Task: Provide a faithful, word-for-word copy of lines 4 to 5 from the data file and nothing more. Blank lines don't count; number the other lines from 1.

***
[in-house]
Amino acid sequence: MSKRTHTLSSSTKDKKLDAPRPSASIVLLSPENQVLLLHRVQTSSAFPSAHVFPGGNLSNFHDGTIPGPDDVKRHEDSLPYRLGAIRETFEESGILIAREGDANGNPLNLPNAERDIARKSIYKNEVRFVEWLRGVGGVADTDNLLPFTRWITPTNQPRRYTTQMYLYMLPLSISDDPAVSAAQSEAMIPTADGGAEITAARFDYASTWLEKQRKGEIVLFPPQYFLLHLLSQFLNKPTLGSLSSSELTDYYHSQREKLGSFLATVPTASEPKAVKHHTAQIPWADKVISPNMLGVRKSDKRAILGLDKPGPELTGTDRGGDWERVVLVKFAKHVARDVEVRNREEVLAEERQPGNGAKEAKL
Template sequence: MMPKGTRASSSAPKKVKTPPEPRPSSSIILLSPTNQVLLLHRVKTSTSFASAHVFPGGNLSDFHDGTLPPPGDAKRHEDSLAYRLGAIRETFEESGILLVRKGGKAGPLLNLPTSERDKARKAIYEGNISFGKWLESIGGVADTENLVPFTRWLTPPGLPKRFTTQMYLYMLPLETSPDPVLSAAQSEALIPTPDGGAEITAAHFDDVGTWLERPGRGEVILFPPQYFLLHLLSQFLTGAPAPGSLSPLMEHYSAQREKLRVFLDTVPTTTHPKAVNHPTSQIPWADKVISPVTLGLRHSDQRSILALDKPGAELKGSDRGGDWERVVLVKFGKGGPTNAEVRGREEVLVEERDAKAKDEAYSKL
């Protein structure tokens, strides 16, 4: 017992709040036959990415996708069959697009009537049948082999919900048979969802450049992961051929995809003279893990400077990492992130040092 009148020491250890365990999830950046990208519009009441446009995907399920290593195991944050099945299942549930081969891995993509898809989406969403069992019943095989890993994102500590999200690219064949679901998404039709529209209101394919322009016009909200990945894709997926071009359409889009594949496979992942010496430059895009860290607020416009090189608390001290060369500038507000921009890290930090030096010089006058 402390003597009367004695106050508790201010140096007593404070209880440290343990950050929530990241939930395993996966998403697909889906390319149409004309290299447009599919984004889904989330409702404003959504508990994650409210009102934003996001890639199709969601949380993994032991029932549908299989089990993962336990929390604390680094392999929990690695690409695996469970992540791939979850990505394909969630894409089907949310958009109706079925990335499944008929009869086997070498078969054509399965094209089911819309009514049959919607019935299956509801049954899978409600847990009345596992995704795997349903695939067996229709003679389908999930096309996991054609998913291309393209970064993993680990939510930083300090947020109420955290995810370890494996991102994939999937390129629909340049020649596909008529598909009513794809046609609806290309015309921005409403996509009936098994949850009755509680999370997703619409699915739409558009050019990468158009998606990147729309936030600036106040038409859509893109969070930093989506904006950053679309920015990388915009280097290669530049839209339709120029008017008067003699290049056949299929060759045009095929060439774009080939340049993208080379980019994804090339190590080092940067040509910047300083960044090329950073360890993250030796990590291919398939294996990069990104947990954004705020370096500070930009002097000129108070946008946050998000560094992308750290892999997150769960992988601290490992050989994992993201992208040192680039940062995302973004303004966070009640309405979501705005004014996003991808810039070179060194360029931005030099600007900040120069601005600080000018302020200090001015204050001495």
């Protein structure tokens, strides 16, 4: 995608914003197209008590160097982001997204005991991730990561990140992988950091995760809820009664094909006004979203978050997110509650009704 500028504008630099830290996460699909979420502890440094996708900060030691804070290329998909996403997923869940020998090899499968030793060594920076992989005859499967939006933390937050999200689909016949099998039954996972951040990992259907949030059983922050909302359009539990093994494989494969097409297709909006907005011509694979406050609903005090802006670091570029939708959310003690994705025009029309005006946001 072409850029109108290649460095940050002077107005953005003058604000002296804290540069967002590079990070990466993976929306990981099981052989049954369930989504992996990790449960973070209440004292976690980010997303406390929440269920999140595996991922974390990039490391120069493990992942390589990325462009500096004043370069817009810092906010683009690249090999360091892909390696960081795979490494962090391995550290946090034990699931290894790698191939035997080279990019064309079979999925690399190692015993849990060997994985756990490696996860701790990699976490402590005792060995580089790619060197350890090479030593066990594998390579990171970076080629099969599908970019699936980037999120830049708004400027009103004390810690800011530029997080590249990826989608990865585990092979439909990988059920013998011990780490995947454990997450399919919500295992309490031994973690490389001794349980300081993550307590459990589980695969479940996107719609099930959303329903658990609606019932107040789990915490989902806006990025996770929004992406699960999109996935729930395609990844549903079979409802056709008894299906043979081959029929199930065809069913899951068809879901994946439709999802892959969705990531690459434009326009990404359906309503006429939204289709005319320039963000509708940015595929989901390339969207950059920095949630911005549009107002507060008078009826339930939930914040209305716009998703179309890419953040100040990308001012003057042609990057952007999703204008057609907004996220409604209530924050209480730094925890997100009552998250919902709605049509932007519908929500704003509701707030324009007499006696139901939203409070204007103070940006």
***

């Protein structure tokens, strides 16, 4: 017992709040036959990415996708069959697009009537049948082999919900048979969802450049992961051929995809003279893990400077990492992130040092 009148020491250890365990999830950046990208519009009441446009995907399920290593195991944050099945299942549930081969891995993509898809989406969403069992019943095989890993994102500590999200690219064949679901998404039709529209209101394919322009016009909200990945894709997926071009359409889009594949496979992942010496430059895009860290607020416009090189608390001290060369500038507000921009890290930090030096010089006058 402390003597009367004695106050508790201010140096007593404070209880440290343990950050929530990241939930395993996966998403697909889906390319149409004309290299447009599919984004889904989330409702404003959504508990994650409210009102934003996001890639199709969601949380993994032991029932549908299989089990993962336990929390604390680094392999929990690695690409695996469970992540791939979850990505394909969630894409089907949310958009109706079925990335499944008929009869086997070498078969054509399965094209089911819309009514049959919607019935299956509801049954899978409600847990009345596992995704795997349903695939067996229709003679389908999930096309996991054609998913291309393209970064993993680990939510930083300090947020109420955290995810370890494996991102994939999937390129629909340049020649596909008529598909009513794809046609609806290309015309921005409403996509009936098994949850009755509680999370997703619409699915739409558009050019990468158009998606990147729309936030600036106040038409859509893109969070930093989506904006950053679309920015990388915009280097290669530049839209339709120029008017008067003699290049056949299929060759045009095929060439774009080939340049993208080379980019994804090339190590080092940067040509910047300083960044090329950073360890993250030796990590291919398939294996990069990104947990954004705020370096500070930009002097000129108070946008946050998000560094992308750290892999997150769960992988601290490992050989994992993201992208040192680039940062995302973004303004966070009640309405979501705005004014996003991808810039070179060194360029931005030099600007900040120069601005600080000018302020200090001015204050001495």
């Protein structure tokens, strides 16, 4: 995608914003197209008590160097982001997204005991991730990561990140992988950091995760809820009664094909006004979203978050997110509650009704 500028504008630099830290996460699909979420502890440094996708900060030691804070290329998909996403997923869940020998090899499968030793060594920076992989005859499967939006933390937050999200689909016949099998039954996972951040990992259907949030059983922050909302359009539990093994494989494969097409297709909006907005011509694979406050609903005090802006670091570029939708959310003690994705025009029309005006946001 072409850029109108290649460095940050002077107005953005003058604000002296804290540069967002590079990070990466993976929306990981099981052989049954369930989504992996990790449960973070209440004292976690980010997303406390929440269920999140595996991922974390990039490391120069493990992942390589990325462009500096004043370069817009810092906010683009690249090999360091892909390696960081795979490494962090391995550290946090034990699931290894790698191939035997080279990019064309079979999925690399190692015993849990060997994985756990490696996860701790990699976490402590005792060995580089790619060197350890090479030593066990594998390579990171970076080629099969599908970019699936980037999120830049708004400027009103004390810690800011530029997080590249990826989608990865585990092979439909990988059920013998011990780490995947454990997450399919919500295992309490031994973690490389001794349980300081993550307590459990589980695969479940996107719609099930959303329903658990609606019932107040789990915490989902806006990025996770929004992406699960999109996935729930395609990844549903079979409802056709008894299906043979081959029929199930065809069913899951068809879901994946439709999802892959969705990531690459434009326009990404359906309503006429939204289709005319320039963000509708940015595929989901390339969207950059920095949630911005549009107002507060008078009826339930939930914040209305716009998703179309890419953040100040990308001012003057042609990057952007999703204008057609907004996220409604209530924050209480730094925890997100009552998250919902709605049509932007519908929500704003509701707030324009007499006696139901939203409070204007103070940006």